Green bonds are almost exactly like regular bonds except the money raised from the investors is used to finance projects that positively impact the environment for example- renewable energy, green buildings, green garments, etc . Developed nations have already started equipping with several international green bond strategies to incentivize global investors to reduce pollution. Bangladesh will soon graduate from the Least Developed Country status (LDC), and similarly, the country has to lay out some plans on how to entertain green bonds in the current bond market scene. On April 7, 2021, Bangladesh Securities and Exchange Commission permitted Sajida Foundation- a non-governmental organization to raise BDT 1 billion from the capital market by issuing green bonds for the first time in the nation’s history . The NGO plans to use the funds raised through the Green Zero-Coupon Bond to increase the outreach of its microfinance program and ensure environmental development. Public financial institutions, mutual funds, insurance companies, listed banks, cooperative banks, regional rural banks, organizations, trusts, and autonomous corporations can buy these bonds .
International Finance Corporation (IFC) estimates a total climate-smart investment potential in Bangladesh to be adjacent to USD 172 billion between 2018-2030. This estimation is based on Bangladesh’s Nationally Determined Contribution (NDC) targets prioritizing energy, transport, and industrial sectors. This ambitious and progressive NDC aims to reduce greenhouse gas emissions by 5% by 2030, or 15% conditional on mobilizing international finance and support from international sources. Apart from that, conditional measures in sectors like buildings, agriculture, waste, land use, and forestry sectors are also included in the priority list. IFC also estimated the demand for USD 26.5 billion between 2011-2030 for Bangladesh to meet its conditional targets. And the previously stated estimation of around USD 172 billion potential investment between 2018-2030 maps as follows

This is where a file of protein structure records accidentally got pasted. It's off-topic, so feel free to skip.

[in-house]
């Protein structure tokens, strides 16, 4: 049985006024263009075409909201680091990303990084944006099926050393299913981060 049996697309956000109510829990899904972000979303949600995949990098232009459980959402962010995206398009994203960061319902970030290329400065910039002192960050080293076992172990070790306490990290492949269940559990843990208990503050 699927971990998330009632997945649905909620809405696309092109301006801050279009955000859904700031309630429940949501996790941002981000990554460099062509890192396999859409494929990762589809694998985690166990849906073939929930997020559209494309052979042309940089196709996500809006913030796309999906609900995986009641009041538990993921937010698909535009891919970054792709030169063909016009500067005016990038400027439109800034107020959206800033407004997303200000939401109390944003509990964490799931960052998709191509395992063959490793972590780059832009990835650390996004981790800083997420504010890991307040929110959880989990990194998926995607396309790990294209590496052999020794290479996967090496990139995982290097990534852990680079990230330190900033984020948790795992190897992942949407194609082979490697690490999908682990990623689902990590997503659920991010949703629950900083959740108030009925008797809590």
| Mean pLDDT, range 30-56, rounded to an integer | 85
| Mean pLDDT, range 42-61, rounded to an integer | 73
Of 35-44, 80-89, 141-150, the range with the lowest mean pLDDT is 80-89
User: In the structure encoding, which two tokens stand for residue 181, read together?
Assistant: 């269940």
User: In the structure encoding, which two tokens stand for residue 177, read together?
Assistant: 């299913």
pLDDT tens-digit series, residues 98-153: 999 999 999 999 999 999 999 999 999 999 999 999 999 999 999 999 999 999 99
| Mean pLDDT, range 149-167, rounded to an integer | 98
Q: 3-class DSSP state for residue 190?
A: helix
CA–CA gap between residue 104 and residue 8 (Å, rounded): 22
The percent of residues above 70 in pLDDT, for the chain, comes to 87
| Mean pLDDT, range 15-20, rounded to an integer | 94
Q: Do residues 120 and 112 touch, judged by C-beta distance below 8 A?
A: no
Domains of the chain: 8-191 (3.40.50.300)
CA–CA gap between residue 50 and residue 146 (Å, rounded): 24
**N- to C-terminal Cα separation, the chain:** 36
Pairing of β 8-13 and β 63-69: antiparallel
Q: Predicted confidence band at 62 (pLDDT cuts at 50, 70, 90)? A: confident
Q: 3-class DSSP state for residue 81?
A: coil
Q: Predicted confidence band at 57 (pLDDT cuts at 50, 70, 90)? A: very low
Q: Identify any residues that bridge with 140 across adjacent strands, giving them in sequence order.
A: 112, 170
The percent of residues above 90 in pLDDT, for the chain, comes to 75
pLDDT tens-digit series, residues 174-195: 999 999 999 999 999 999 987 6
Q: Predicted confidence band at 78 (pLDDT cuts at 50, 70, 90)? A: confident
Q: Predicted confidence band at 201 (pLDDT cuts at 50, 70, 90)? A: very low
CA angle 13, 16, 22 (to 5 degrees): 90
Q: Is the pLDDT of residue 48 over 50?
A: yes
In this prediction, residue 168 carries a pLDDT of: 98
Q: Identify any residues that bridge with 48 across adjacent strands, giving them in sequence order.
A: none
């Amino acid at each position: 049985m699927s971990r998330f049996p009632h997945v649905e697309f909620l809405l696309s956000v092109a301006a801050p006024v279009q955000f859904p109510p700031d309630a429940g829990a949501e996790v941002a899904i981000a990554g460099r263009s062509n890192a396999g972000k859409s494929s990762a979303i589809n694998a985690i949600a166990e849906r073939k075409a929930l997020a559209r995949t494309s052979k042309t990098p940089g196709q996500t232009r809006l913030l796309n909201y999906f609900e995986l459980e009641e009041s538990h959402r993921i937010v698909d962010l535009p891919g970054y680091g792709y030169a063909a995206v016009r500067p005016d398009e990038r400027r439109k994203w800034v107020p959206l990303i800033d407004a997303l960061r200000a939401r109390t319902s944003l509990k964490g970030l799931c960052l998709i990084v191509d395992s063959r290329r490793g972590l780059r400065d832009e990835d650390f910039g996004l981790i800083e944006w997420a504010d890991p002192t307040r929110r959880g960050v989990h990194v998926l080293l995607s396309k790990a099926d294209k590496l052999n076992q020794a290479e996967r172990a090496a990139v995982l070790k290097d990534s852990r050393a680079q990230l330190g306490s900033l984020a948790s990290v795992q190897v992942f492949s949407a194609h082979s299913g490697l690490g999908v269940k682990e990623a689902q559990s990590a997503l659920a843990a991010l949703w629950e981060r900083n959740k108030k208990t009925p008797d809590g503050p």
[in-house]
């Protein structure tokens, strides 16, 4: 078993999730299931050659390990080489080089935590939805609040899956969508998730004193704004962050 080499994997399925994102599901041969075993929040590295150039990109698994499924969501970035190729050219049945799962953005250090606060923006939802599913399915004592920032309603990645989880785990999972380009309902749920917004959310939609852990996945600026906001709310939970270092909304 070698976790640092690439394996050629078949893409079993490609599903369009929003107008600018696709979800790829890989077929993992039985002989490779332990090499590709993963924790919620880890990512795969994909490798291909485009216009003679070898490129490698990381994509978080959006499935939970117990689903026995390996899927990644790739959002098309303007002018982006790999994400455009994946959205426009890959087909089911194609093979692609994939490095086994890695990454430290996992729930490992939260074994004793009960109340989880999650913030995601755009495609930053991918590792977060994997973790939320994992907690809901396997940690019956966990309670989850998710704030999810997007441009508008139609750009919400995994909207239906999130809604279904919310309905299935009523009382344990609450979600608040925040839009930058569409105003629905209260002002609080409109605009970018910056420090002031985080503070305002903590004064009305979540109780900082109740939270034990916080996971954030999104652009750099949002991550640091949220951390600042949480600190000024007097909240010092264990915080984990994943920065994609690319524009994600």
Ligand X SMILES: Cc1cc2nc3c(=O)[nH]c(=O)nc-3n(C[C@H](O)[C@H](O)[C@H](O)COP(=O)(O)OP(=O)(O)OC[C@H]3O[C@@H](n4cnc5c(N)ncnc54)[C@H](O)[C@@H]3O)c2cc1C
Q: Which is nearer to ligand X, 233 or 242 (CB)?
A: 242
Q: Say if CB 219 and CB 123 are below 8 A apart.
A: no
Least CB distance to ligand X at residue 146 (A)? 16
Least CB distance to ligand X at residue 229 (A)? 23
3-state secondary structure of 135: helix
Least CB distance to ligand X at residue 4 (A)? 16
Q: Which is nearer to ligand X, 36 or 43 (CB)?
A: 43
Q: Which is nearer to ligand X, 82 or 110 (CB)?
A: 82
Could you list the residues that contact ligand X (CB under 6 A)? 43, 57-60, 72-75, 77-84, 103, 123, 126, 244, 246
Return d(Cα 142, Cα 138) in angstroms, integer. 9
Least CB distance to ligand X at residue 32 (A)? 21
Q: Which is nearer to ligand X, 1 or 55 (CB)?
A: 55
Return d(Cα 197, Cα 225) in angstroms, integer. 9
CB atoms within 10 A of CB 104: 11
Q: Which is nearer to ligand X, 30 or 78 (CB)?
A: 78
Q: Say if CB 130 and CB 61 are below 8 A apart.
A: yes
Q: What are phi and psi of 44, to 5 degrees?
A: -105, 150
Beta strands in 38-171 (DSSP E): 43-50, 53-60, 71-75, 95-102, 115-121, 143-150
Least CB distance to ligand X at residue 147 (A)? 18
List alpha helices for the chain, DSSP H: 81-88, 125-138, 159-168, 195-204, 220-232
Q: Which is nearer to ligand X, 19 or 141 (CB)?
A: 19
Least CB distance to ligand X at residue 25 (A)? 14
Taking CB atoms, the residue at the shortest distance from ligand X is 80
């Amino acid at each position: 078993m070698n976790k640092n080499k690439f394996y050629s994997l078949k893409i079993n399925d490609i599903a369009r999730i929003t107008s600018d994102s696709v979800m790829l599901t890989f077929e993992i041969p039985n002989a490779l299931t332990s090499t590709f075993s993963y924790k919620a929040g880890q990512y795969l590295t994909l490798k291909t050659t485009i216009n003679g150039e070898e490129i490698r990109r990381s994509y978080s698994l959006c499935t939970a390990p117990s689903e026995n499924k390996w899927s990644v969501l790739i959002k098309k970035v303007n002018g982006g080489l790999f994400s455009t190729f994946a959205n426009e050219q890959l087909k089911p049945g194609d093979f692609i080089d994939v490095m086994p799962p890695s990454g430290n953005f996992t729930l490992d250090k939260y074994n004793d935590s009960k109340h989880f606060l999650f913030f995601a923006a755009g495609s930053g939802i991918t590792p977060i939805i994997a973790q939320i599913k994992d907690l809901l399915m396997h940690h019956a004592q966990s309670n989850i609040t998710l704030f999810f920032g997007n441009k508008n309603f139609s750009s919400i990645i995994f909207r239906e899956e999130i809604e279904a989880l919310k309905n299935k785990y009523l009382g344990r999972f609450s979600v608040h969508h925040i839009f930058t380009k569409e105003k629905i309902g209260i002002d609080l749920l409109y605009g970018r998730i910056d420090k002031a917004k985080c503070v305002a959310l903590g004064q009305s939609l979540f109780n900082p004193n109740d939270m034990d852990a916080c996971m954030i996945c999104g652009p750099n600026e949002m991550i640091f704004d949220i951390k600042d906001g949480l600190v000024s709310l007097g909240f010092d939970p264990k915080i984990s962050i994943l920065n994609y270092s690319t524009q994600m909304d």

Most of the allocated fund is expected to be channeled from coal power to greener energy sources. In 2019, out of 19GW of national electricity capacity, only 3% was from renewable energy sources. The GoB (Government of Bangladesh) aims to increase capacity up to 24GW with a 10% share for renewables by the end of 2021. They also estimate this capacity to grow to 40GW by the year 2040. Investment in electricity is mostly public-funded and the private sector accommodates a minor share. Issuing green bonds to increase investment in reshaping domestic electricity production can be a step forward.
Energy efficiency will be critical in achieving Bangladesh’s NDC commitments. NDC sets an unconditional target for reducing emissions by 5% in the power sector and the plan to go about it is by investing in green buildings. For industries NDC targets to reduce emissions by 4%. The cumulative target by the GoB is to achieve a 15% reduction in primary energy consumption per unit of GDP in 2021 and 30% by 2030. Currently, the industry segment represents the largest energy user accounting for nearly 50% of primary energy consumption followed by the residential sector at 30%. Energy efficiency and conservation can reduce up to 15% of the energy required by industries. The scope here to invest is by creating green buildings and green garments. As of yet, Bangladesh already has 150 green garments located inside. In addition, 9 of the top 10 green garment factories in the world are located here. Moreover, another 500 more are on the rise. If investors and issuers are made more aware of these landmarks there will be an investment inflow into green bonds. As a result, the proposed energy efficiency target by NDC will be met.
The emission reduction target by the NDC in transport is around 9% . Busses and trucks are primarily accountable for the high emission rate. To reduce emissions from transport, environment-friendly railway systems, battery-powered vehicles, and more projects like the Mass Rapid Transit System in Dhaka should be materialized. Investment in the transport sector is mostly publicly funded with some mammoth projects financed by international organizations. However, the government can raise money to fund these projects domestically by issuing green bonds.